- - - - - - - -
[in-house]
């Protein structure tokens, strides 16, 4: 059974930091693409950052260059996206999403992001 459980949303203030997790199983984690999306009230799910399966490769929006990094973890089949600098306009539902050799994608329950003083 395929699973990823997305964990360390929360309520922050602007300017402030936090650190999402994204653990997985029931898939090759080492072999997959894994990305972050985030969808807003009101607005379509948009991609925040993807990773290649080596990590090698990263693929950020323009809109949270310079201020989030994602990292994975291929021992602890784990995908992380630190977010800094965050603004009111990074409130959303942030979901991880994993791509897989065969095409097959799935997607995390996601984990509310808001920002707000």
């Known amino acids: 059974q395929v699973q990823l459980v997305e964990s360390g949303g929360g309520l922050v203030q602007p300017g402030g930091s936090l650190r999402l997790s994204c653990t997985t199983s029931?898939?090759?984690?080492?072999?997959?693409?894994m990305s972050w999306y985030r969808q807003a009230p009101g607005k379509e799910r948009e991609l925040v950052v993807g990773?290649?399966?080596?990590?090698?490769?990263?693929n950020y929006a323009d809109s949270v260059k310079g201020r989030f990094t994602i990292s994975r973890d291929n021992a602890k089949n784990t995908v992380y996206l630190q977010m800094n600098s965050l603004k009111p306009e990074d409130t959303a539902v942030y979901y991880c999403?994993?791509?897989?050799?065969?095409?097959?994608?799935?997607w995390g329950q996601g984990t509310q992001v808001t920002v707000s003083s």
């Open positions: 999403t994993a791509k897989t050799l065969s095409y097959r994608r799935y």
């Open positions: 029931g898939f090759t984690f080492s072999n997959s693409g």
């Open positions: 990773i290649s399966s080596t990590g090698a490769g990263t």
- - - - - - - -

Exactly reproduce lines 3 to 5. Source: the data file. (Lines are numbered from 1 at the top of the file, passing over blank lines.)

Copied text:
């Known amino acids: 059974q395929v699973q990823l459980v997305e964990s360390g949303g929360g309520l922050v203030q602007p300017g402030g930091s936090l650190r999402l997790s994204c653990t997985t199983s029931?898939?090759?984690?080492?072999?997959?693409?894994m990305s972050w999306y985030r969808q807003a009230p009101g607005k379509e799910r948009e991609l925040v950052v993807g990773?290649?399966?080596?990590?090698?490769?990263?693929n950020y929006a323009d809109s949270v260059k310079g201020r989030f990094t994602i990292s994975r973890d291929n021992a602890k089949n784990t995908v992380y996206l630190q977010m800094n600098s965050l603004k009111p306009e990074d409130t959303a539902v942030y979901y991880c999403?994993?791509?897989?050799?065969?095409?097959?994608?799935?997607w995390g329950q996601g984990t509310q992001v808001t920002v707000s003083s």
């Open positions: 999403t994993a791509k897989t050799l065969s095409y097959r994608r799935y």
């Open positions: 029931g898939f090759t984690f080492s072999n997959s693409g």